Kaira Boddy – Freie Universität, Berlin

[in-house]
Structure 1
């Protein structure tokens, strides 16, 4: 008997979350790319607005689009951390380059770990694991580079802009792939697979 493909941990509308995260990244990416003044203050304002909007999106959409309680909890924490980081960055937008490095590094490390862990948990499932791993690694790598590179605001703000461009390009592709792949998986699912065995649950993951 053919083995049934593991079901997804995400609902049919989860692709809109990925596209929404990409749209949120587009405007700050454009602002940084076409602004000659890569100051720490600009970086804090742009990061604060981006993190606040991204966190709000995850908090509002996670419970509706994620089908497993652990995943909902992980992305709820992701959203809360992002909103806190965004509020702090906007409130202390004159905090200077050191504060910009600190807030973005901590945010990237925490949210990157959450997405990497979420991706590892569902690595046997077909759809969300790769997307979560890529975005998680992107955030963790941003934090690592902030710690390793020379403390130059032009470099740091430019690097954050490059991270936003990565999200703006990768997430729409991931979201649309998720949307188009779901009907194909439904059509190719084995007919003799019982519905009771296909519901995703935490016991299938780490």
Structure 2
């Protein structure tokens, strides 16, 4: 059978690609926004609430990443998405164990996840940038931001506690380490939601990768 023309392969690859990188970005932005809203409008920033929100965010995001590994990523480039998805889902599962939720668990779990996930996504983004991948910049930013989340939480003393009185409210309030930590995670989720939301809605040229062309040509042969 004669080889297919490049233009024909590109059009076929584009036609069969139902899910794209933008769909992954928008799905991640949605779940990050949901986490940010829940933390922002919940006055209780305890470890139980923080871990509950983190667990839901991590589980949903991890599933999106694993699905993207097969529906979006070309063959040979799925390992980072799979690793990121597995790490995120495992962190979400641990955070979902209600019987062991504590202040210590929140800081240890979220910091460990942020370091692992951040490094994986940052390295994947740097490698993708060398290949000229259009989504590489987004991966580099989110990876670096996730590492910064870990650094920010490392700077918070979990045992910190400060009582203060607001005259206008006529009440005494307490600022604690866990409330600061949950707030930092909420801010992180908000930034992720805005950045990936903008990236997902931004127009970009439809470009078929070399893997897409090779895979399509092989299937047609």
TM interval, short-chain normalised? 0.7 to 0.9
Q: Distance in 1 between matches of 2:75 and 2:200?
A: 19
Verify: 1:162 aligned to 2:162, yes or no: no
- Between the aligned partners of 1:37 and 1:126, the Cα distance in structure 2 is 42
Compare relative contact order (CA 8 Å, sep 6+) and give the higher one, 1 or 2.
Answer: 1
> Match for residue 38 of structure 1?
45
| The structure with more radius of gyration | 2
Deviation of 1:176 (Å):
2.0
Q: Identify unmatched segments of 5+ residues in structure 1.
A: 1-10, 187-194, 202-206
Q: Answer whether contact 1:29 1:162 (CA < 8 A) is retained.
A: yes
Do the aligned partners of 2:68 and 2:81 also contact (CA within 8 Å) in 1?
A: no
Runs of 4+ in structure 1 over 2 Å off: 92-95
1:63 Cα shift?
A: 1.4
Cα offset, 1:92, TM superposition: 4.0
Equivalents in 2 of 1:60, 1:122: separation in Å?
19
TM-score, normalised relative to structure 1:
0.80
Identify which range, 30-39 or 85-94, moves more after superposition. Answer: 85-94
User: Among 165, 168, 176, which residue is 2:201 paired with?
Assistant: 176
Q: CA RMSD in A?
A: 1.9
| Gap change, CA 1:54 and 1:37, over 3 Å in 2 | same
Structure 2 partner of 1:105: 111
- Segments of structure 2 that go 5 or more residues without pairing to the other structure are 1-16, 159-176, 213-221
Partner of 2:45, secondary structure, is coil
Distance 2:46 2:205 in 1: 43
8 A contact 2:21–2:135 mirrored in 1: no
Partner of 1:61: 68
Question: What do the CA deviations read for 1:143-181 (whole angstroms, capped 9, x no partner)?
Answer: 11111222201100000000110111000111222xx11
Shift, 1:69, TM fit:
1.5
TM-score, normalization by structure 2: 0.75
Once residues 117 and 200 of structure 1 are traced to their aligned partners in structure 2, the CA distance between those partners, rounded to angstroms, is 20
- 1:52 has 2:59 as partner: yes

In contrast to many other lexical lists, Erimḫuš seems to lack a coherent organization. The list consists of groups of entries that appear to follow one another at random. From the start, Erimḫuš is bilingual, containing a Sumerian and an Akkadian sub column. However, the relationship between the Sumerian and Akkadian entries is not very straightforward. This paper argues that there are, in fact, several ways in which Erimḫuš is structured. Which of these structures date back to the original composition is difficult to determine, because early sources for Erimḫuš are scarce and stem mainly from Ḫattuša. Almost all Babylonian and Assyrian manuscripts date to the first millennium BCE. The description of Erimḫuš offered in this paper considers both the earlier and the later sources. The list is outwardly organized into short sections that are separated by horizontal dividing lines. Using these sections as a point of departure, four questions are addressed: How are the entries within a section connected? Are these connections to be found in the Sumerian or in the Akkadian sub column, or in both? Is the order of the entries within a section meaningful? How are successive sections connected? This paper argues that Erimḫuš was originally structured by the Akkadian entries, the Sumerian entries representing translations of the Akkadian ones. Also in Ḫattuša the Akkadian sub column played a dominant role. Some of the manuscripts from Ḫattuša add a third sub column, listing Hittite entries. These are translations of the Akkadian entries, rather than of the Sumerian ones.